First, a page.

Rising Anger – The South China Morning Post reports on protests Sunday in Hong Kong demanding Chinese authorities investigate last week’s suspicious death of Tiananmen dissident Li Wangyang. The demonstration came as officials in the activist’s Hunan province hometown claimed Li died “an accidental death” and his body was cremated at the request of relatives. “According to reports, Li’s family did not consent to an autopsy or his cremation,” it says.
Too Close For Comfort – A week of high-profile defendants at the Leveson Inquiry kicks off today with former Prime Minister Gordon Brown and Chancellor George Osborne appearing on the stand. The Daily Telegraph, which is live-blogging the day of testimony, reports that Brown admitted the Labour party “accepted too easily” a closed media culture and established that there is a line to be drawn over the relationship between politicians and the media: “You can serve up dinner, but you can’t serve up BSkyB as part of that dinner.”
Counter-Revolution – Global Post examines Saudi Arabia’s efforts to stymie the Arab Spring in the region, but notes not all has gone to plan. “Riyadh is pushing a bold agenda to strengthen the long-standing union between its fellow Gulf monarchies, apparently to prevent the Arab world’s revolutionary fervor from spreading,” it writes. “The move was met with skepticism and outright hostility from neighboring states, which are reluctant to cede their growing autonomy.”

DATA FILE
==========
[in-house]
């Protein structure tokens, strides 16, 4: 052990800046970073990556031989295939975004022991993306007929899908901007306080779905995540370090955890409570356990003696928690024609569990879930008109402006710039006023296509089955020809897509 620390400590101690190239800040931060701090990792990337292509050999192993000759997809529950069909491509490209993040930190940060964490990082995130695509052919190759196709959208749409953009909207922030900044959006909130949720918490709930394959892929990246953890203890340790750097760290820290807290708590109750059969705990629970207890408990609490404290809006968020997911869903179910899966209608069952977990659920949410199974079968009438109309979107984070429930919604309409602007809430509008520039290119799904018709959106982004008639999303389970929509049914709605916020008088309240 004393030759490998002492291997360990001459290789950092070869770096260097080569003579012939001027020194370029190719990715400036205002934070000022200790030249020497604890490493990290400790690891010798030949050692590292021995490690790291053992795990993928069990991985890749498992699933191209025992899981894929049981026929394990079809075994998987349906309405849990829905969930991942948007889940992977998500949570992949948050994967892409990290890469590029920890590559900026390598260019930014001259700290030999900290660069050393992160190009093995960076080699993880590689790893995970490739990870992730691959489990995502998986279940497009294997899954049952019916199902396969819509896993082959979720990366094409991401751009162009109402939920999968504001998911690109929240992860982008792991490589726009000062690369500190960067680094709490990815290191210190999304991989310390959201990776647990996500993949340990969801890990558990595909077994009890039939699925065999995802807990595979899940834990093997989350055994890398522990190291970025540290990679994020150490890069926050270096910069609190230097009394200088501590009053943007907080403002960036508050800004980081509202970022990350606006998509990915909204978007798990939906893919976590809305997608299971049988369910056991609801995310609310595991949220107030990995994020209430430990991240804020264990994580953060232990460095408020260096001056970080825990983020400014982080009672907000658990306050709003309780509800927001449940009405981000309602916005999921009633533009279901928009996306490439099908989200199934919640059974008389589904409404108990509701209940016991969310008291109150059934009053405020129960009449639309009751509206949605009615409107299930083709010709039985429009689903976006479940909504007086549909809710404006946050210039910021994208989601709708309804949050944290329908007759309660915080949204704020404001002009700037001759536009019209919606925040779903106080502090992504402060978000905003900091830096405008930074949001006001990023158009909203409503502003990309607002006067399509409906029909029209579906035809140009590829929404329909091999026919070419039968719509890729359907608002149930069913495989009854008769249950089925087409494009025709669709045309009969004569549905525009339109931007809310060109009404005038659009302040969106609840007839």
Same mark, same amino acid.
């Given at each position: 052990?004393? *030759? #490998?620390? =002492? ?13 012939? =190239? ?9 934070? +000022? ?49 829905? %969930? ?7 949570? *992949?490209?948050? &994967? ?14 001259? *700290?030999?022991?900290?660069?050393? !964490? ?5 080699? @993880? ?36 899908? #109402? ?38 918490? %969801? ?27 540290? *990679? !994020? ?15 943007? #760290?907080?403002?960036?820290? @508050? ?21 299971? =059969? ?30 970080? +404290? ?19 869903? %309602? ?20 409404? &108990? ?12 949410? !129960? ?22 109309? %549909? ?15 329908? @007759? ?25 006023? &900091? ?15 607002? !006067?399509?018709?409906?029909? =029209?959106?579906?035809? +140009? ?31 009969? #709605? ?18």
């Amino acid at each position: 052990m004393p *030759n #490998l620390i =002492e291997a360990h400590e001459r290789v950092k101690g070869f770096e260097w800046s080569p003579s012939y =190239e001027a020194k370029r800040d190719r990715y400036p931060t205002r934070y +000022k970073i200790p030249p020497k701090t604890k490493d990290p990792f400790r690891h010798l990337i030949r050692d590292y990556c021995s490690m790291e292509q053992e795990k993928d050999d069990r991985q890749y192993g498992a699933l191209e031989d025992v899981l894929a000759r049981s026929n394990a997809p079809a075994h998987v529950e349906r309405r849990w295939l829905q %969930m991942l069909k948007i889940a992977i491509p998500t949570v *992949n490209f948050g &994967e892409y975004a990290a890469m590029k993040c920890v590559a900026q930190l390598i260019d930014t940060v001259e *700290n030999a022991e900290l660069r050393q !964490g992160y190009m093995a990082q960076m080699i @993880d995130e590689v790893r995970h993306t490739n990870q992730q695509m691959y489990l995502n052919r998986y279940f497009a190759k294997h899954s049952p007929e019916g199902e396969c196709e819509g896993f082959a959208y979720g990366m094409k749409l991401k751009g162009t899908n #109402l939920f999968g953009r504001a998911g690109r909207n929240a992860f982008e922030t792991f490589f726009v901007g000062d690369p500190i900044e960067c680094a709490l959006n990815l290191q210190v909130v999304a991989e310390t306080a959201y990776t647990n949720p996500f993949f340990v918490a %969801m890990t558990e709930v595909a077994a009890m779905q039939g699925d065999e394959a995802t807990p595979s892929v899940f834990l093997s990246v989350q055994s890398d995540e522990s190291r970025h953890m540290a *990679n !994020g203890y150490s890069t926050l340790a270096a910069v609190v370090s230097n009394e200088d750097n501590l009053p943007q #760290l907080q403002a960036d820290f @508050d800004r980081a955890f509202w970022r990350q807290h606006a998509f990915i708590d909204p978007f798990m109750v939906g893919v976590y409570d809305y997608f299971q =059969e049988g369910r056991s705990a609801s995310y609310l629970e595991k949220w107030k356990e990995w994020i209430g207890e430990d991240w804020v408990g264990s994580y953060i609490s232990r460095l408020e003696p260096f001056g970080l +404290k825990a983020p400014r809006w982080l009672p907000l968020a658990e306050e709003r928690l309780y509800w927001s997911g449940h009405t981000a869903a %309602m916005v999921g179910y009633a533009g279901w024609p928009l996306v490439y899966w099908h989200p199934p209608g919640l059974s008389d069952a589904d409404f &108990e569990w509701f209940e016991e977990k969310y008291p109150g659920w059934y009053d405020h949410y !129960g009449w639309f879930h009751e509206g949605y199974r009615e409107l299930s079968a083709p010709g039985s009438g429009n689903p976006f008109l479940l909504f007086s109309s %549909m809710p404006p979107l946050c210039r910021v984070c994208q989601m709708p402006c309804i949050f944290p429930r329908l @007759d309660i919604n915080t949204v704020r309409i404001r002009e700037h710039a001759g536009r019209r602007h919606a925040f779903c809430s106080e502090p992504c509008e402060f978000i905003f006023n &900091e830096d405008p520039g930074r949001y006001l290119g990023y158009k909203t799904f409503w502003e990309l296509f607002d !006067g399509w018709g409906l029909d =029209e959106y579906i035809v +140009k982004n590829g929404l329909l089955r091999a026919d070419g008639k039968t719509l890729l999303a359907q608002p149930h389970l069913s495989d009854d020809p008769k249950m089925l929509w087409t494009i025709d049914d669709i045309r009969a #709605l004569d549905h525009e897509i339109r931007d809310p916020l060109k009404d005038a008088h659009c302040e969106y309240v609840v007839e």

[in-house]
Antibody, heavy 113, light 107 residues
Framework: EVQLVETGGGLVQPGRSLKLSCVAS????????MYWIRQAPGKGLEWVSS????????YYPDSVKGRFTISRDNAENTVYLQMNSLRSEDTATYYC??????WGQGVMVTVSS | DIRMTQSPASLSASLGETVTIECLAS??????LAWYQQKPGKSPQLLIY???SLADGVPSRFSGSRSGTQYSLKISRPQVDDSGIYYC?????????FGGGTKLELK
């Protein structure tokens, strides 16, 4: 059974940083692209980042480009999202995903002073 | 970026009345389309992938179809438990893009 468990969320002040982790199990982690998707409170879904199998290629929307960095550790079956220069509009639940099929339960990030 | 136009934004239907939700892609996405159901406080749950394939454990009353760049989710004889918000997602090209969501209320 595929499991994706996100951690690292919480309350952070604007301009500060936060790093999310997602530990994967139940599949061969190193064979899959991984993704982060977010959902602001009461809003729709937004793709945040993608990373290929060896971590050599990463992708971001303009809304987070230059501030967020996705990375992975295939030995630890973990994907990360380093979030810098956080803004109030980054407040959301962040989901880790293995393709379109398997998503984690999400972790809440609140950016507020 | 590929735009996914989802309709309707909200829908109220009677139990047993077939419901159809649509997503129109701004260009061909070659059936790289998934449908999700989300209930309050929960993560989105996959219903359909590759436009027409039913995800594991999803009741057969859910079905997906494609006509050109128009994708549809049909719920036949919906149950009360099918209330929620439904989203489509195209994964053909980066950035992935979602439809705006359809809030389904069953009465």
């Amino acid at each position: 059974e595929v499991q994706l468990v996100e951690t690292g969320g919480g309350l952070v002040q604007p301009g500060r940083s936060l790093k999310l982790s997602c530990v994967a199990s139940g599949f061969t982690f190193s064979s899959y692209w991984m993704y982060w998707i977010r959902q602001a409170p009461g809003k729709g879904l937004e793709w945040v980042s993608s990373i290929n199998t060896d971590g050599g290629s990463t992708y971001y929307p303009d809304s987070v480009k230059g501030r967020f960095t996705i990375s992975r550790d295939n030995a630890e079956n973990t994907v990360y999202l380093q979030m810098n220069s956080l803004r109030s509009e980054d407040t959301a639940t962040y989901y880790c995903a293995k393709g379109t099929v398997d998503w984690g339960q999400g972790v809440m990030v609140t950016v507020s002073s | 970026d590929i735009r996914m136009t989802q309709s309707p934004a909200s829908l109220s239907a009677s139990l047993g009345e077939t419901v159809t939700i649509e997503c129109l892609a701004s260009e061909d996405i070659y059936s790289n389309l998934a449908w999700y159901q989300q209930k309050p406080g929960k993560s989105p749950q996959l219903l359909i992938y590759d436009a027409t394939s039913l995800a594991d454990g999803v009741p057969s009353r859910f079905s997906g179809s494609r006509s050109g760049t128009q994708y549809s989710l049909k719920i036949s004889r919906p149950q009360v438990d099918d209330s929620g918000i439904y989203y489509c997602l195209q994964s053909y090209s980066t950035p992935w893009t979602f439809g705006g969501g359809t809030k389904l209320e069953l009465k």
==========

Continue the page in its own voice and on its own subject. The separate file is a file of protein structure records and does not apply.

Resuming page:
Bailout Blues – After Spain’s banks were granted a bailout from the euro zone, The New York Times says the repeated pattern of rescuing banks around Europe is “like a comedy routine” and condemns the fact that it’s “only the banks that get rescued, not the unemployed.” It describes as “striking” the idea that European leaders “have no intention of changing the policies that have left almost a quarter of Spain’s workers … jobless.”
New Tack – Ahead of Mexico’s July 1 presidential election, The New York Times analyzes the three leading candidates’ strategies for the country’s deadly drug war, noting a major re-emphasis on reducing the violence in Mexico over blocking the flow of drugs to the U.S. The paper says: “…the potential shift, reflecting the thinking of a growing number of crime researchers, has raised concern among some American policy makers.”
Stay or Nay? – The Guardian argues against the notion that a majority of Britons desire a referendum on E.U. membership, asserting that “Eurosceptics … should be careful what they wish for.” The paper says the best alternative to a referendum on E.U. membership would be the opportunity to vote to “stay in the E.U. but under new terms.”